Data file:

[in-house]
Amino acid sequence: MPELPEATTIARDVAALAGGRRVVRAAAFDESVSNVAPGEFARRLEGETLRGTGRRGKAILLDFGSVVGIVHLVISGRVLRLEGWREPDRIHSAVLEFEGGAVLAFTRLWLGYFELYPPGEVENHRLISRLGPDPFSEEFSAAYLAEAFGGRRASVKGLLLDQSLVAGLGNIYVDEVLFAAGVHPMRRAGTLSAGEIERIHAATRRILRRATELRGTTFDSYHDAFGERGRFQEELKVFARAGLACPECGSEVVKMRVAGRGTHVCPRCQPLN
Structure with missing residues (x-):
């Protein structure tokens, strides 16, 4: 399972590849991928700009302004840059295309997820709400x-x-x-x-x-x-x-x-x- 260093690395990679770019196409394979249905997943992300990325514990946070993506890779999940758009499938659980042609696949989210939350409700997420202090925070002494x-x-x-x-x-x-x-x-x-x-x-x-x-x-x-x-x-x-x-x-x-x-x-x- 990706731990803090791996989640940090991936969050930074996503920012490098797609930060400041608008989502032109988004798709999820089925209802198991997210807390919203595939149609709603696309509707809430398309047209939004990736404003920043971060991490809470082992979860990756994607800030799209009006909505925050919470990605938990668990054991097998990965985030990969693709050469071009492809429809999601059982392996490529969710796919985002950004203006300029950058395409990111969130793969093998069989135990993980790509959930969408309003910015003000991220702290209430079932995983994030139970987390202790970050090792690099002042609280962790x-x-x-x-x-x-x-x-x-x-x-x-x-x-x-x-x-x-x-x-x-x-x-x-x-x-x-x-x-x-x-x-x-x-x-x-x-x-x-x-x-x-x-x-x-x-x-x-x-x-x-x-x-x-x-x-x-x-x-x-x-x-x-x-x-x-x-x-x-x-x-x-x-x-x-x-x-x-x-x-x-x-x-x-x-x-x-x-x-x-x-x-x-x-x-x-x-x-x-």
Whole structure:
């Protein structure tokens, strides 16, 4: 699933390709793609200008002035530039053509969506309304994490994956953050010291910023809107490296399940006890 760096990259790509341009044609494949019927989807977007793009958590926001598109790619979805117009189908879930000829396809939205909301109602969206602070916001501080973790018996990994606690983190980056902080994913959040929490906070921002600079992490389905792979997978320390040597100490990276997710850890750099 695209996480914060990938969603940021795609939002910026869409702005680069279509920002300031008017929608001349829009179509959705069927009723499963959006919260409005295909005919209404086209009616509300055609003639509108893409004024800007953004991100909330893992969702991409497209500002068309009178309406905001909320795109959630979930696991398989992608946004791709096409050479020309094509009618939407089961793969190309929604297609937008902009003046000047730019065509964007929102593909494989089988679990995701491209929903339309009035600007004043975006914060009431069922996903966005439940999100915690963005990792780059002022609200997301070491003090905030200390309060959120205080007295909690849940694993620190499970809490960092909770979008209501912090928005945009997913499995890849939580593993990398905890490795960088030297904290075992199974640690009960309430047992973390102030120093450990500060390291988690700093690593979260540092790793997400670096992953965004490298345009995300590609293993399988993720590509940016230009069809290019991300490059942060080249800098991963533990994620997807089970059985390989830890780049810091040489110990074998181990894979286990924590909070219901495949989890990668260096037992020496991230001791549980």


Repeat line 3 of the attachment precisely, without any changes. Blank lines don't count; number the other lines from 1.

Structure with missing residues (x-):